Maiden Castle has no artificial defences on its northern and western sides because of the naturally steep slope of the hill, but there are two artificial banks, 35 ft (11 m) apart. The banks are similar in dimension, both are 40 ft (12 m) wide, and because the ground they are on slopes, the exterior side of each bank is higher than the side on the inside of the fort; they are 5 ft (1.5 m) high on the inside of the fort and 7 ft (2.1 m) on the exterior face.[5] There is no evidence that Maiden Castle was protected by a ditch along with the banks.[5] The main entrance is on the east side of the fort where the inner bank turns in towards the fort, and while there is a gap in the outer rampart it does not turn in.[6][7] There may also be two other entrances to the site where the banks meet the cliffs to the north and south; the outer ditch runs inwards at both ends, possibly indicating an in-turned entrance abutting the edge of the cliff – similar to the entrance at the Helsby hill fort also in Cheshire – or perhaps an attempt to make the banks run flush to the cliff-edge to ensure there were no gaps in the site's defences.[5]


View between Maiden Castle's ramparts at the south west end

Radiocarbon dating indicates that the ramparts defending Maiden Castle were built in around 600 BC.[6][8] Built from earth and timber, the inner rampart was originally 20 ft (6.1 m) wide, with a revetment of dry stone walling behind the bank, and at least 10 ft (3.0 m) high. The outer bank was originally 25 ft (7.6 m) wide and about 10 ft (3.0 m) high. It was built from sand and had a dry stone facing at the front and no revetment behind. The outer bank was later enlarged: the outer face was extended 8 to 10 ft (2.4 to 3.0 m) away from the fort and the revetment moved. Its height was probably increased to 12 ft (3.7 m). The defences cover about 1.66 acres (6,700 m2) out of the entire 3 acres (12,000 m2) of the Maiden Castle site. According to archaeologist James Forde-Johnston, who conducted a study of the hill forts of Lancashire and Cheshire in 1962, this was an unusually strong defence for such a small site.[7] Few artefacts have been recovered from the site; they include a piece of Iron Age pottery.[8] Maiden Castle was probably occupied until the Roman conquest of Britain in 1st century AD,[8] and the outer bank may have been reconstructed around this time.[6]

Promontory crowned with earthworks, viewed from the south

The name Maiden Castle is not unique to the site and occurs in several other places in Britain, such as Maiden Castle in Dorset, and probably means a "fortification that looks impregnable" or one that has never been taken in battle.[9] Despite quarrying in the 17th century and 20th-century military exercises on the site, Maiden Castle survives well.[8] Maiden Castle was excavated between 1932 and 1935 by W. J. Varley, who also undertook excavations at Eddisbury hill fort,[10] as part of his investigation into the origin of Cheshire's hill forts.[7] Further excavations were undertaken in 1980–1981.[6] The structure was made a Scheduled Ancient Monument in 1995, giving Maiden Castle protection against unauthorised change.[6] The environment of the hill fort is a mixture of heathland, heather, and bracken. The site is owned by the National Trust and is open to the public. Unrestricted access has led to problems such as erosion. Maiden Castle has been damaged by animal burrows and is designated as "at high risk" due to erosion caused by visitors and the spread of bracken.[11] Five of Cheshire's seven hill forts have been assessed as being "at high risk" compared to 15% of North West England's Scheduled Monuments.[12]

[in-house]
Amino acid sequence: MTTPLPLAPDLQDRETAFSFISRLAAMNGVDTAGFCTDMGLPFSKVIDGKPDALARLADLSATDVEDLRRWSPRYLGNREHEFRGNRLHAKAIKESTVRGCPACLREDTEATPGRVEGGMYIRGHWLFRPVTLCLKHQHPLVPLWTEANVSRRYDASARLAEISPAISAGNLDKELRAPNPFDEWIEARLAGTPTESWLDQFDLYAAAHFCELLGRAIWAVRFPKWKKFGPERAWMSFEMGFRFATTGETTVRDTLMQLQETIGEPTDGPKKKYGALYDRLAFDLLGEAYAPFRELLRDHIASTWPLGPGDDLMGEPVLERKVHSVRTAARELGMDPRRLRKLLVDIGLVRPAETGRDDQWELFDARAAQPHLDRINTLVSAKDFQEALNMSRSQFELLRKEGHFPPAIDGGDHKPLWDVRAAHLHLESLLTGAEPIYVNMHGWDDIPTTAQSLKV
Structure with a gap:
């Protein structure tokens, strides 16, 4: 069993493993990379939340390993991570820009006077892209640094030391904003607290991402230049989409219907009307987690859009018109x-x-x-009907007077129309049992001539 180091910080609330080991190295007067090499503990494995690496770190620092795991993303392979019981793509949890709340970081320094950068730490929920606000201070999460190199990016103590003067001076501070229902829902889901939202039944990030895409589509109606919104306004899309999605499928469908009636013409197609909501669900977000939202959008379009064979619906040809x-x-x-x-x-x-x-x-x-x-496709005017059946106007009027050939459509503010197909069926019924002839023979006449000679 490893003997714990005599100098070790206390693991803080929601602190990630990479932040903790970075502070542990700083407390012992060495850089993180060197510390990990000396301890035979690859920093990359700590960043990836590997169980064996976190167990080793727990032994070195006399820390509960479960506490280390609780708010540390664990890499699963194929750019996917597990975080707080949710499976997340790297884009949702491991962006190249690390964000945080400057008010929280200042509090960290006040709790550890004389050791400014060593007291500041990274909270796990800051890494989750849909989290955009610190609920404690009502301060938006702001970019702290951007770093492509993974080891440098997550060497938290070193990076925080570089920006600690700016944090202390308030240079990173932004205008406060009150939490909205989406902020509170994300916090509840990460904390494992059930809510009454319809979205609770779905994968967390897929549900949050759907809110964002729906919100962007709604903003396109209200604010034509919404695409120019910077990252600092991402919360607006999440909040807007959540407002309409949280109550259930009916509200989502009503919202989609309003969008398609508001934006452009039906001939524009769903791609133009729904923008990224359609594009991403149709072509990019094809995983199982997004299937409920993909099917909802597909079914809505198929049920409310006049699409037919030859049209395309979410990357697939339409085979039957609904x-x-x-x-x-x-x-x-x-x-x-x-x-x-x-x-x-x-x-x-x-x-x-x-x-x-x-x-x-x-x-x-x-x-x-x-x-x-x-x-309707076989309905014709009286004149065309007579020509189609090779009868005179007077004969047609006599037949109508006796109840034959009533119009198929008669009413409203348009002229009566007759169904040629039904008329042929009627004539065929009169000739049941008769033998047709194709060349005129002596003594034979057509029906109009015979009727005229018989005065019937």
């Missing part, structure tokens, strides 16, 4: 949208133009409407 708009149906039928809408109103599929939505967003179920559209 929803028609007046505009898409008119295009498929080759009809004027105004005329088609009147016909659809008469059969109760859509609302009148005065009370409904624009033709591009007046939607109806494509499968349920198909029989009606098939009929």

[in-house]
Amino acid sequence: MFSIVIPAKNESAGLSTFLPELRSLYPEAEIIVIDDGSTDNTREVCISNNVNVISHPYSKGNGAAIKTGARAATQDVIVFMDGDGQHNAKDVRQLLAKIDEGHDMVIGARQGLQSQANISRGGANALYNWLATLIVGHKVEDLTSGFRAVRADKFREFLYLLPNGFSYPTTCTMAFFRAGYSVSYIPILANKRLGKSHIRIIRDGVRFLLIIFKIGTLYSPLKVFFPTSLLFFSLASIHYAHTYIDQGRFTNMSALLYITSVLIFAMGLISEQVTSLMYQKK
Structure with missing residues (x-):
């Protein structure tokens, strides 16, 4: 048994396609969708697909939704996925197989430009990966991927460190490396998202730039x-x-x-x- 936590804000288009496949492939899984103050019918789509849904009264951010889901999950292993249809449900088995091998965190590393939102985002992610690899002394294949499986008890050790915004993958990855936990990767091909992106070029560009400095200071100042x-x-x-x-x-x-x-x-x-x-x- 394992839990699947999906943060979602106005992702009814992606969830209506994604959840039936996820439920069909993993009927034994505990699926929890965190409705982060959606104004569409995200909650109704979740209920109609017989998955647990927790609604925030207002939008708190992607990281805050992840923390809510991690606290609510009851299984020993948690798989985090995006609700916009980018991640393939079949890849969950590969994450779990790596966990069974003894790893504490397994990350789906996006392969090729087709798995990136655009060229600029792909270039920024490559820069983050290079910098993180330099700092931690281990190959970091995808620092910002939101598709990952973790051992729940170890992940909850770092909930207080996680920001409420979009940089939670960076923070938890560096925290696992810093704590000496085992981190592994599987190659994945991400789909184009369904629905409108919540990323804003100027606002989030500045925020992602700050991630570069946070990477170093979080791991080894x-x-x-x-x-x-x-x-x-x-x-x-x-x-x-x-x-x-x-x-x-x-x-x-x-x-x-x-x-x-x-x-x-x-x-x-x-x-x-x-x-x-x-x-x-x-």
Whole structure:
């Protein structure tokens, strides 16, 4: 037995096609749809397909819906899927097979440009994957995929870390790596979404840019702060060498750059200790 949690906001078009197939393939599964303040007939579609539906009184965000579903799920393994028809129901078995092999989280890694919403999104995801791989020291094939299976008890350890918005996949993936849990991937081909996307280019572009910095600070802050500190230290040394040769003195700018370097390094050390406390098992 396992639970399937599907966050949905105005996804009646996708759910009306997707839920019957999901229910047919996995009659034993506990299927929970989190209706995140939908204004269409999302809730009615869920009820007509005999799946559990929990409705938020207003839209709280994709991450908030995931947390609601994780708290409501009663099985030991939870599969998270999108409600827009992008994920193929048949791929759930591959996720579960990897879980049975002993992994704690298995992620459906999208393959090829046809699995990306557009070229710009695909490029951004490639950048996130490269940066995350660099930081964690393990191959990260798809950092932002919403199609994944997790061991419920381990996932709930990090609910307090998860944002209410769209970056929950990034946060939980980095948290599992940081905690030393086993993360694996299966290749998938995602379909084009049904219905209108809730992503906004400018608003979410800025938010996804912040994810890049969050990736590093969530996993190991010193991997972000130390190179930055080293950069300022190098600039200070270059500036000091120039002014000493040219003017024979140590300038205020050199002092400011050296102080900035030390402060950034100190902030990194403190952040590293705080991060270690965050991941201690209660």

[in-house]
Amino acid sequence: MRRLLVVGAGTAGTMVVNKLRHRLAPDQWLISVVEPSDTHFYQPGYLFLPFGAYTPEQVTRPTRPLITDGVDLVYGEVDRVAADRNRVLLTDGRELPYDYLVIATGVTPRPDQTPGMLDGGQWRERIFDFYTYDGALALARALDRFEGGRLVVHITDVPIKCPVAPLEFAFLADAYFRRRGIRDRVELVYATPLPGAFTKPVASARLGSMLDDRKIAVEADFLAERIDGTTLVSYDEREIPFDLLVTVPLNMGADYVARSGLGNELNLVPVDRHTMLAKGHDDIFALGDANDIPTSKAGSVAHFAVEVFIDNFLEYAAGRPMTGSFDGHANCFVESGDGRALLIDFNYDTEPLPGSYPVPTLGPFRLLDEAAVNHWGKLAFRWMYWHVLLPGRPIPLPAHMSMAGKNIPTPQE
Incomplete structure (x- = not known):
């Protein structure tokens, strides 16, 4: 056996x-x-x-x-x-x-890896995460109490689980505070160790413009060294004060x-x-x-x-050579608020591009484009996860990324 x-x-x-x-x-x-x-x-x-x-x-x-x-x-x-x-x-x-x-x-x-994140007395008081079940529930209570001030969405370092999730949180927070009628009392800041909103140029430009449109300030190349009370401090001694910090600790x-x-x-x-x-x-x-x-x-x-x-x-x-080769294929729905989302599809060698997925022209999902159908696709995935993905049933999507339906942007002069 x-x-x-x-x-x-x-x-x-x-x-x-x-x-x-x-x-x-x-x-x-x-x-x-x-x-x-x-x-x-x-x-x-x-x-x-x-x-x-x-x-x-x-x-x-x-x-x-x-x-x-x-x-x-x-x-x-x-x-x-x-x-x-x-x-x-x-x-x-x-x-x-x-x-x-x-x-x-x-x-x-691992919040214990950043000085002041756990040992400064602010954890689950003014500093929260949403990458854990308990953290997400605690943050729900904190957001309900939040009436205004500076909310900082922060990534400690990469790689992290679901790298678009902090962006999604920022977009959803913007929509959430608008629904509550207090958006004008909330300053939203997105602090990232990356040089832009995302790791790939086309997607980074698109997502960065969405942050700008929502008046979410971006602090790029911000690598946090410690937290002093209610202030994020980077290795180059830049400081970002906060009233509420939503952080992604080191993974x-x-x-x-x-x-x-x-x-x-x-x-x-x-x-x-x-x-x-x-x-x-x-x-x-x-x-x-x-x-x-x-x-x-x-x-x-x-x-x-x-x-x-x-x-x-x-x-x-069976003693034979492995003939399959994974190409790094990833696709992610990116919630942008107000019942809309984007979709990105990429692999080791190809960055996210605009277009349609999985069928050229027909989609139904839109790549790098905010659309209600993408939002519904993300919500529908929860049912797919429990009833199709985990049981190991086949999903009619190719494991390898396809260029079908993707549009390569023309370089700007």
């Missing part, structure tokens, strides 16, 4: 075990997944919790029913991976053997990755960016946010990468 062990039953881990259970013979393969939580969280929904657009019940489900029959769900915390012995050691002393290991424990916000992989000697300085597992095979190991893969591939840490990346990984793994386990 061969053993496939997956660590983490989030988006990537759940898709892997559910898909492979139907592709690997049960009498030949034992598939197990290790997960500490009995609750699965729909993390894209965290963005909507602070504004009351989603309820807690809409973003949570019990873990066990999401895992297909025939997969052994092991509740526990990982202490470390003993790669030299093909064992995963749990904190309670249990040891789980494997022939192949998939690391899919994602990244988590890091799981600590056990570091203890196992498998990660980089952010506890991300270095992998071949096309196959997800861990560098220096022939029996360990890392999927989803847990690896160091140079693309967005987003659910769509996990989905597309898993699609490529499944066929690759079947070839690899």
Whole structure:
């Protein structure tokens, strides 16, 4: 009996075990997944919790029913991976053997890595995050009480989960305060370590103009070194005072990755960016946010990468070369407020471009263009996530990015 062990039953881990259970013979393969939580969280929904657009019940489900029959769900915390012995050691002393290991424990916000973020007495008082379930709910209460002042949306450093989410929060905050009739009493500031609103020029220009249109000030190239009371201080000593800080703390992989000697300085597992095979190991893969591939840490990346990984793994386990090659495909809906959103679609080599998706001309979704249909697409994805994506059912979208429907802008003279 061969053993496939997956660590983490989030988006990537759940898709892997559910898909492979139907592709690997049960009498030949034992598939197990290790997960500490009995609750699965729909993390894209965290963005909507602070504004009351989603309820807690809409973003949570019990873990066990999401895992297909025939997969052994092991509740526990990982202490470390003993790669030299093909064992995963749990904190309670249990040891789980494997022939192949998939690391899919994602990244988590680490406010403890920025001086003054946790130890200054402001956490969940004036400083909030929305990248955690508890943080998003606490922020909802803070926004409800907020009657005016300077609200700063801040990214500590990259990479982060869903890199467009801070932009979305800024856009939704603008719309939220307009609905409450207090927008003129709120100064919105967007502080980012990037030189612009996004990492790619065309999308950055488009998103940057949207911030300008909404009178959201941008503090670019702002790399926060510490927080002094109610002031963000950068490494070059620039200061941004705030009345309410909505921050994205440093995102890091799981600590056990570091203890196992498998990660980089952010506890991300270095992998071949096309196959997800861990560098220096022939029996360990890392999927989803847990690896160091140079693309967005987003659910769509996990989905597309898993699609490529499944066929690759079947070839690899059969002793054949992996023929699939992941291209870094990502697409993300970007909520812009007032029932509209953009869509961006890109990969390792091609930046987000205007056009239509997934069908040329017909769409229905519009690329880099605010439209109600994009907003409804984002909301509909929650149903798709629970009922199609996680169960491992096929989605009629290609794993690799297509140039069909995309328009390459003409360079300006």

See also


  1. ^ Payne, Corney, & Cunliffe (2007), p. 1.
  2. ^ a b Sharples (1991), pp. 71–72.
  3. ^ Time Team: Swords, skulls and strongholds, Channel 4, 2008-05-19,, retrieved 2009-06-16 
  4. ^ Forde-Johnston (1962), pp. 13–14.
  5. ^ a b c d e Forde-Johnston (1962), p. 25.
  6. ^ a b c d e Maiden Castle,,, retrieved 2009-07-03 
  7. ^ a b c Forde-Johnston (1962), p. 26.
  8. ^ a b c d Maiden Castle promontory fort on Bickerton Hill,,, retrieved 2009-07-03 
  9. ^ Mills (1977), p. 377.
  10. ^ Forde-Johnston (1962), p 23.
  11. ^ Archaeological management issues: Maiden Castle, Habitats & Hillforts Landscape Partnership Scheme,, retrieved 2009-07-05 
  12. ^ Archaeological management issues, Habitats & Hillforts Landscape Partnership Scheme,, retrieved 2009-07-05 

Further reading

  • Varley, William Jones (1936), "Recent investigations into the origins of Cheshire hill-forts", Transactions of the Lancashire and Cheshire Antiquarian Society 51: 51–59